Shopify's Business Sells Itself, for Now -- Heard on the Street
By Laura Forman
Overall U.S. retail sales were down in the second quarter,
according to Census Bureau data. You would never know it from
With the pandemic forcing store closures world-wide, e-commerce
business is booming. Companies rushed to Shopify's online retail
platform in the early months of the pandemic, driving eye-popping
quarterly results for a company that was already growing at an
Second-quarter revenue was up 97% from a year earlier to $714
million -- roughly 40% higher than Wall Street's expectations.
Meanwhile, gross merchandise volume topped $30 billion, well above
analysts' forecast of $19.9 billion and up 119% versus a year ago.
That growth looks all the more impressive when compared with the
26% growth in gross merchandise volume eBay reported Tuesday
evening. Shopify shares were up around 10% on Wednesday.
The company says its e-commerce platform is built to enable
businesses of all sizes "to sell to anyone, anywhere." As the
pandemic rages on, that value proposition has apparently been
selling itself. Shopify managed to turn a slight operating profit,
despite analysts' expectation for a loss, driven not only by
top-line outperformance but also by lower sales and marketing costs
versus Street expectations.
There were more incentives for business to come online this year
than just the pandemic. Shopify said it recently extended its trial
period for new standard plans from 14 to 90 days. That offer, which
ended May 31, was very popular. The company said new stores created
on its platform, or those who have provided billing information but
for which the company doesn't yet collect a subscription fee, grew
71% in the second quarter versus the same period last year.
But is that kind of growth sustainable? Shopify is now a $127
billion market-cap company whose share price has risen roughly 70%
over the past three months alone. And while the pandemic appears to
be far from over, it could be that the initial rush online is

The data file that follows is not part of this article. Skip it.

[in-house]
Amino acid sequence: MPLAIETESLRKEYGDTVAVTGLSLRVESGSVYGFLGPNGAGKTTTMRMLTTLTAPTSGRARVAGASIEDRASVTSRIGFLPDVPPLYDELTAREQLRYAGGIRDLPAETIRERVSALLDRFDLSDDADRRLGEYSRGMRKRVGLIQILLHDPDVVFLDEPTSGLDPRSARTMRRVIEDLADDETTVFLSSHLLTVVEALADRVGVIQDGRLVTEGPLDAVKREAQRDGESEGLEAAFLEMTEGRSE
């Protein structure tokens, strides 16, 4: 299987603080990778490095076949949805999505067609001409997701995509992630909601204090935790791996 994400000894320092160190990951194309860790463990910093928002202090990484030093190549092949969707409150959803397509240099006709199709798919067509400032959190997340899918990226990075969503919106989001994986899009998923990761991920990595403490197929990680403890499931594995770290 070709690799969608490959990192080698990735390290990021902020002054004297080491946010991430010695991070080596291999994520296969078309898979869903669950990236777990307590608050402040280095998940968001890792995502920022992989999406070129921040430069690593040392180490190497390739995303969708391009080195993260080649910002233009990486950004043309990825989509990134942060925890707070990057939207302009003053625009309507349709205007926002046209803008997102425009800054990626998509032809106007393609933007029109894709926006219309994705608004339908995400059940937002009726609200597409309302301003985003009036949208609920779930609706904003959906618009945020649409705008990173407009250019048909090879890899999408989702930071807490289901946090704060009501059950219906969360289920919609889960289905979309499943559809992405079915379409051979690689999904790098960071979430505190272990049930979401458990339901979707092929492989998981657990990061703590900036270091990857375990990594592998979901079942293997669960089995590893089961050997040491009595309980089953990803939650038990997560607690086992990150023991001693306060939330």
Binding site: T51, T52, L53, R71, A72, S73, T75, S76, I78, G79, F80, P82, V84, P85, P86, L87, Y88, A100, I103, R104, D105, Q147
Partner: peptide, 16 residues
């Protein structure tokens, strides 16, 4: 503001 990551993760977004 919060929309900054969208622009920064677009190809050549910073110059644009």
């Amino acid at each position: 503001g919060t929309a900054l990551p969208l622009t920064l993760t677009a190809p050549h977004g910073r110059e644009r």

In its earnings release, Shopify said data from June 15 to July
19 shows new stores created during its extended free trial were
converting to paid subscriptions "at a slightly lower rate" than
merchants who joined the platform before the pandemic. It also
suggested more recent customers may be less established and
therefore less valuable to its top line.
The company declined to provide a formal third-quarter outlook,
citing both the unknown future impact of the pandemic and the
greater likelihood of an extended global recession.
Shopify says it now has nearly 6% of U.S. e-commerce sales --
more than eBay, Walmart, and Apple, but significantly lower than
Amazon.com's 37%. That highlights the upside opportunity for the
platform to continue to grow and take share, especially given its
wide range of subscription packages, priced anywhere from $29 to
over $2,000 a month. Still, with shares trading at all-time highs,
some correction seems likely, particularly if growth eases in the
"The world is changing fast," Shopify's chief executive said in
the company's earnings release. The question is whether Shopify's
market value can continue to rise as quickly.
Write to Laura Forman at firstname.lastname@example.org
(END) Dow Jones Newswires
July 29, 2020 12:56 ET (16:56 GMT)
Copyright (c) 2020 Dow Jones & Company, Inc.